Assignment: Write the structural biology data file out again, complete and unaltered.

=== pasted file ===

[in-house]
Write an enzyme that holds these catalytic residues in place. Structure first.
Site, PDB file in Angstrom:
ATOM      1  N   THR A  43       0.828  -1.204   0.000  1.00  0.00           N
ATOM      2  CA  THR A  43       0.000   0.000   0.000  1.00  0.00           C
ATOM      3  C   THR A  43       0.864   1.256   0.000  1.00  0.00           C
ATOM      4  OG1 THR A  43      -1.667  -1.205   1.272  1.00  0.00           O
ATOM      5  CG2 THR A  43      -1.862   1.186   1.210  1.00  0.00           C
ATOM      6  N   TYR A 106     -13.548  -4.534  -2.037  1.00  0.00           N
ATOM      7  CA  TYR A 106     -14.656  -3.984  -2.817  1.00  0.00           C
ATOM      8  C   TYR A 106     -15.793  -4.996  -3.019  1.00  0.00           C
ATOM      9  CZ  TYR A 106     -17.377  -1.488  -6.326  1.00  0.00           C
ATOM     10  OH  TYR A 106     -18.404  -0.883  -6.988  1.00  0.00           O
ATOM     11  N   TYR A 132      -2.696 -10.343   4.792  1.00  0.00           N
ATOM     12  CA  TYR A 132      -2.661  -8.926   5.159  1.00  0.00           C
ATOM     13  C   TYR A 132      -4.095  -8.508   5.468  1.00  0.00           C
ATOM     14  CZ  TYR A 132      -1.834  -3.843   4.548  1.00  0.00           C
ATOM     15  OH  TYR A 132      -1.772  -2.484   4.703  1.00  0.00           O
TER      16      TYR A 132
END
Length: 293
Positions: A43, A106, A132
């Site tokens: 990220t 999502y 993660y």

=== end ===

[in-house]
Write an enzyme that holds these catalytic residues in place. Structure first.
Site, PDB file in Angstrom:
ATOM      1  N   THR A  43       0.828  -1.204   0.000  1.00  0.00           N
ATOM      2  CA  THR A  43       0.000   0.000   0.000  1.00  0.00           C
ATOM      3  C   THR A  43       0.864   1.256   0.000  1.00  0.00           C
ATOM      4  OG1 THR A  43      -1.667  -1.205   1.272  1.00  0.00           O
ATOM      5  CG2 THR A  43      -1.862   1.186   1.210  1.00  0.00           C
ATOM      6  N   TYR A 106     -13.548  -4.534  -2.037  1.00  0.00           N
ATOM      7  CA  TYR A 106     -14.656  -3.984  -2.817  1.00  0.00           C
ATOM      8  C   TYR A 106     -15.793  -4.996  -3.019  1.00  0.00           C
ATOM      9  CZ  TYR A 106     -17.377  -1.488  -6.326  1.00  0.00           C
ATOM     10  OH  TYR A 106     -18.404  -0.883  -6.988  1.00  0.00           O
ATOM     11  N   TYR A 132      -2.696 -10.343   4.792  1.00  0.00           N
ATOM     12  CA  TYR A 132      -2.661  -8.926   5.159  1.00  0.00           C
ATOM     13  C   TYR A 132      -4.095  -8.508   5.468  1.00  0.00           C
ATOM     14  CZ  TYR A 132      -1.834  -3.843   4.548  1.00  0.00           C
ATOM     15  OH  TYR A 132      -1.772  -2.484   4.703  1.00  0.00           O
TER      16      TYR A 132
END
Length: 293
Positions: A43, A106, A132
């Site tokens: 990220t 999502y 993660y």